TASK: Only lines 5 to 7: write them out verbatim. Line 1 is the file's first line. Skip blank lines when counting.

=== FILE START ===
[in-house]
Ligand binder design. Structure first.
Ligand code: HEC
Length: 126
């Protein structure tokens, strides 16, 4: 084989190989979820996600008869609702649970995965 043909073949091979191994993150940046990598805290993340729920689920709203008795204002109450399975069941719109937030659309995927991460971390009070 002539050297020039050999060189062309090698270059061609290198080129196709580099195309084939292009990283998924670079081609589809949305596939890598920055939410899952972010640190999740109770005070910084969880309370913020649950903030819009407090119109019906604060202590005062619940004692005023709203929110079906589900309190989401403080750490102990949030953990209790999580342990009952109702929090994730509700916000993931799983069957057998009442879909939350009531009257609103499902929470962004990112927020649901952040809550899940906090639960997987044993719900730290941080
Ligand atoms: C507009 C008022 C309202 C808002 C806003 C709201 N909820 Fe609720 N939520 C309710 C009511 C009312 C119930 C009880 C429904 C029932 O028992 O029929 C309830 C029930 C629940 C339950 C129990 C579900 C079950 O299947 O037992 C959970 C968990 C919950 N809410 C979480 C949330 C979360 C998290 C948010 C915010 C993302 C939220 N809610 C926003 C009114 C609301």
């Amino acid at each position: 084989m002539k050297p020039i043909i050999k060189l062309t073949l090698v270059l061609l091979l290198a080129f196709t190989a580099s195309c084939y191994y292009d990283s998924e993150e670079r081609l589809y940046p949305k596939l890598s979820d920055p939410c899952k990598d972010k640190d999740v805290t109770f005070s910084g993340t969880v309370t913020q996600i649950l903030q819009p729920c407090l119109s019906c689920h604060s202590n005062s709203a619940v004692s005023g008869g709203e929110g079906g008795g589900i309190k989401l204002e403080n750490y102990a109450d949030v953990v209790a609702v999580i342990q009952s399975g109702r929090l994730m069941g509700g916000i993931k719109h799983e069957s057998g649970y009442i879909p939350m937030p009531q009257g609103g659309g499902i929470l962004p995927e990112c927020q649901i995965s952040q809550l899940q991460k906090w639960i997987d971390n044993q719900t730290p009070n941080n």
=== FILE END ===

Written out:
């Protein structure tokens, strides 16, 4: 084989190989979820996600008869609702649970995965 043909073949091979191994993150940046990598805290993340729920689920709203008795204002109450399975069941719109937030659309995927991460971390009070 002539050297020039050999060189062309090698270059061609290198080129196709580099195309084939292009990283998924670079081609589809949305596939890598920055939410899952972010640190999740109770005070910084969880309370913020649950903030819009407090119109019906604060202590005062619940004692005023709203929110079906589900309190989401403080750490102990949030953990209790999580342990009952109702929090994730509700916000993931799983069957057998009442879909939350009531009257609103499902929470962004990112927020649901952040809550899940906090639960997987044993719900730290941080
Ligand atoms: C507009 C008022 C309202 C808002 C806003 C709201 N909820 Fe609720 N939520 C309710 C009511 C009312 C119930 C009880 C429904 C029932 O028992 O029929 C309830 C029930 C629940 C339950 C129990 C579900 C079950 O299947 O037992 C959970 C968990 C919950 N809410 C979480 C949330 C979360 C998290 C948010 C915010 C993302 C939220 N809610 C926003 C009114 C609301």
């Amino acid at each position: 084989m002539k050297p020039i043909i050999k060189l062309t073949l090698v270059l061609l091979l290198a080129f196709t190989a580099s195309c084939y191994y292009d990283s998924e993150e670079r081609l589809y940046p949305k596939l890598s979820d920055p939410c899952k990598d972010k640190d999740v805290t109770f005070s910084g993340t969880v309370t913020q996600i649950l903030q819009p729920c407090l119109s019906c689920h604060s202590n005062s709203a619940v004692s005023g008869g709203e929110g079906g008795g589900i309190k989401l204002e403080n750490y102990a109450d949030v953990v209790a609702v999580i342990q009952s399975g109702r929090l994730m069941g509700g916000i993931k719109h799983e069957s057998g649970y009442i879909p939350m937030p009531q009257g609103g659309g499902i929470l962004p995927e990112c927020q649901i995965s952040q809550l899940q991460k906090w639960i997987d971390n044993q719900t730290p009070n941080n």